After All These Years
I grew up in a house with Hindu gods, with cherished saris kept deep in drawers, smells of exotic spices drifted from cupboards when they were opened. Our treasured saffron and turmeric came from foreign markets. Considering the fact that I am a Minnesota Jew, this was only slightly peculiar.
My home was kosher. But it may have been the only kosher household in the Twin Cities that, as far back as the fifties, was home to chutney, and papadams, and wok cooking. Brisket, kugel and chicken soup came out of that kitchen too.
My mother, I think, often cooked to remember her travels. My parents saw Israel when it was still desert and Japan before cars. They saw India before backpacks existed and you still dressed up to fly. But, they never took us.
For many years we were the chosen family to pick up international students arriving to attend the University of Minnesota. The students would fly in from India in late December, before winter quarter began. I would pick them up in the cold and dark Minnesota night. It was often below zero. The student would come off the plane with only a windbreaker, the warmest thing he had to wear.
The next day we would shop. I would help him pick out boots and a heavy jacket, hat and gloves. He would always be in both culture shock and weather shock. He hadn't known what to expect. They were really never prepared for the Minnesota cold.
It was on frigid mid-winter nights we would watch my parent's travel movies. These were not scratchy pictures of toddler birthdays or 4th of July parades. No. These were brilliant 16mm images taken floating down the Ganges. Naked men immersed themselves in holy water. Funeral pyres burnt on the steps leading down to the river. In markets, piles of spices and dye were sold and there were wandering sadhus with rods running though their cheeks. Outside our Minnesota door was four feet of snow, inside we wandered the gardens of the Taj Mahal and floated through the markets of Thailand.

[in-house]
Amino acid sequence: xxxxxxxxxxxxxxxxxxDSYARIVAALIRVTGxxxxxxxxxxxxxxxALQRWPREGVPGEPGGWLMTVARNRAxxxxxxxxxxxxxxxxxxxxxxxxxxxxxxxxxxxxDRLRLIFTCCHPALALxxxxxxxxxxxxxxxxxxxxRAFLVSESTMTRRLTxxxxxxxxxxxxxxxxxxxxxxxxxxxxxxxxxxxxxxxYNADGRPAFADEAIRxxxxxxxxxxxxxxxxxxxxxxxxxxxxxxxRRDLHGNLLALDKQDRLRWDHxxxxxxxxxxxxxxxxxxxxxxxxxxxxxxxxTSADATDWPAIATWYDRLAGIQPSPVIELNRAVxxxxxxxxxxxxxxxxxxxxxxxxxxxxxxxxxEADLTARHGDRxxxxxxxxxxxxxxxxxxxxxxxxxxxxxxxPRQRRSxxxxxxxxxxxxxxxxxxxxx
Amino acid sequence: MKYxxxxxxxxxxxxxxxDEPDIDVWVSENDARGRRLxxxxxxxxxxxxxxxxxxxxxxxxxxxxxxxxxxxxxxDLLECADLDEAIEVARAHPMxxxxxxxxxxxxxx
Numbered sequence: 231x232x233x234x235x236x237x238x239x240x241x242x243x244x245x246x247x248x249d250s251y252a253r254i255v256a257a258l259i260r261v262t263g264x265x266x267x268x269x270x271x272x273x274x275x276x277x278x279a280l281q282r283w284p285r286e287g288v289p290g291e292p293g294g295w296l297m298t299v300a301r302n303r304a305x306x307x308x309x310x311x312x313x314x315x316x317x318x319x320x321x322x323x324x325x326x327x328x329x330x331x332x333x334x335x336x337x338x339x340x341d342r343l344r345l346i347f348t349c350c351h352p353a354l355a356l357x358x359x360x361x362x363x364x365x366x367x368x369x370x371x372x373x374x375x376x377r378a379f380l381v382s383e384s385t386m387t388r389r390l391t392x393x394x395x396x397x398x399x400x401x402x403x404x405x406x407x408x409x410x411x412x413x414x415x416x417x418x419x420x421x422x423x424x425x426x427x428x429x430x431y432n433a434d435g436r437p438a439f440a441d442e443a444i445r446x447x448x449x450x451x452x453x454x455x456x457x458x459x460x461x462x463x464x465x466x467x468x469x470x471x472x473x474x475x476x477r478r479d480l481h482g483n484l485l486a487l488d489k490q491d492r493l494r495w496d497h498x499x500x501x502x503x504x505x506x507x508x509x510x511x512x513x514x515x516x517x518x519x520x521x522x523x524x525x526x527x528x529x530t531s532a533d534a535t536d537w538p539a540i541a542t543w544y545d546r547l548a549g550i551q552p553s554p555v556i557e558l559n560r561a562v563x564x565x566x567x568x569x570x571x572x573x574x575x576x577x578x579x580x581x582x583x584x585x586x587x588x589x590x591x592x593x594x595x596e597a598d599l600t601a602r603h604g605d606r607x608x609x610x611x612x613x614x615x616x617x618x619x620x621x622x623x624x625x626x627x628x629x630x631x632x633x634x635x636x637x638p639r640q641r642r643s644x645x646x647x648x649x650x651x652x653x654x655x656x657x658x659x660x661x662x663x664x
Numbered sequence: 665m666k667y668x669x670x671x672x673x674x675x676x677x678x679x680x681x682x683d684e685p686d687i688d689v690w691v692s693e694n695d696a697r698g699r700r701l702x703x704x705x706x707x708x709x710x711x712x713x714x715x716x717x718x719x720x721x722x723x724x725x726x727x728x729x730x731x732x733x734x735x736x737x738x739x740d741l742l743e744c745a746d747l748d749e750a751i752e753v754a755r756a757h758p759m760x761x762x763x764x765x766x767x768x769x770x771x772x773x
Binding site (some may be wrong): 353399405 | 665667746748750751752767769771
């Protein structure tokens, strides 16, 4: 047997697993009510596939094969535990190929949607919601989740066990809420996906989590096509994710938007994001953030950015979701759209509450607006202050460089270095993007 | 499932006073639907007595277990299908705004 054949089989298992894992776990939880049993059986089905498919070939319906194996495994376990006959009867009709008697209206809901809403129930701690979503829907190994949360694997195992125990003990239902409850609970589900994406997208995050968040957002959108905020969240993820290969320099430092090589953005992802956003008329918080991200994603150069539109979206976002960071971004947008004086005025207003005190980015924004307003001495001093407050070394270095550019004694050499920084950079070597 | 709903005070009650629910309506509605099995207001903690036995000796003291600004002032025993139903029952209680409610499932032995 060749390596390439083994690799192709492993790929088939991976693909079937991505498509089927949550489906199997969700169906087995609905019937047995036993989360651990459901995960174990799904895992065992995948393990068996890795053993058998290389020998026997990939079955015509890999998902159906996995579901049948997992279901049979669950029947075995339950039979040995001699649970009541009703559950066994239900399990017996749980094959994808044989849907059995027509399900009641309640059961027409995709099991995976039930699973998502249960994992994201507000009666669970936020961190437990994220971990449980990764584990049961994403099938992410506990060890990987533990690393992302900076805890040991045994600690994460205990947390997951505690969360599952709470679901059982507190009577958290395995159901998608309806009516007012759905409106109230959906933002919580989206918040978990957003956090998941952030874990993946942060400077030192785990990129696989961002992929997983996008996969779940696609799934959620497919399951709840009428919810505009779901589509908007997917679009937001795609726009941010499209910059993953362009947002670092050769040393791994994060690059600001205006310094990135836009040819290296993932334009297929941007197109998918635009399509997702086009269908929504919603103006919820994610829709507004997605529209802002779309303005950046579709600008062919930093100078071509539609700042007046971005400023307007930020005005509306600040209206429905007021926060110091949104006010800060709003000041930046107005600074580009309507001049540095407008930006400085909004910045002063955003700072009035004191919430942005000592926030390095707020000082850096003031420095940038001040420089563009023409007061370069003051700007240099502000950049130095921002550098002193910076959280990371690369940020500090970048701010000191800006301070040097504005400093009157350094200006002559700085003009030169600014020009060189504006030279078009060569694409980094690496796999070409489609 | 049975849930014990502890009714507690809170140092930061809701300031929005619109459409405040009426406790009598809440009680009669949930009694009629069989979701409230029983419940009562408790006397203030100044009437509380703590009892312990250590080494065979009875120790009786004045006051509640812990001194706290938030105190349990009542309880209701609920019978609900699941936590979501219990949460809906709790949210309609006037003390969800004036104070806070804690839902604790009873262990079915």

The students had come from exotic places. They had come from places of flowing saffron-colored saris. Had she been a child whose eyes were exotically encased in black outline? I wondered what it was like to be so hot. So for my fiftieth birthday, I'm finally off to India. I know what to expect and don't, really. I've read books, talked with travelers, and traced maps but I really don't know. Like our foreign students who didn't understand the cold, do we ever know before we get there? I don't know the smell of cow dung on the sidewalk, of life being lived in front of you on the street, of dusk over the Arabian Sea. We're off for a month to India.
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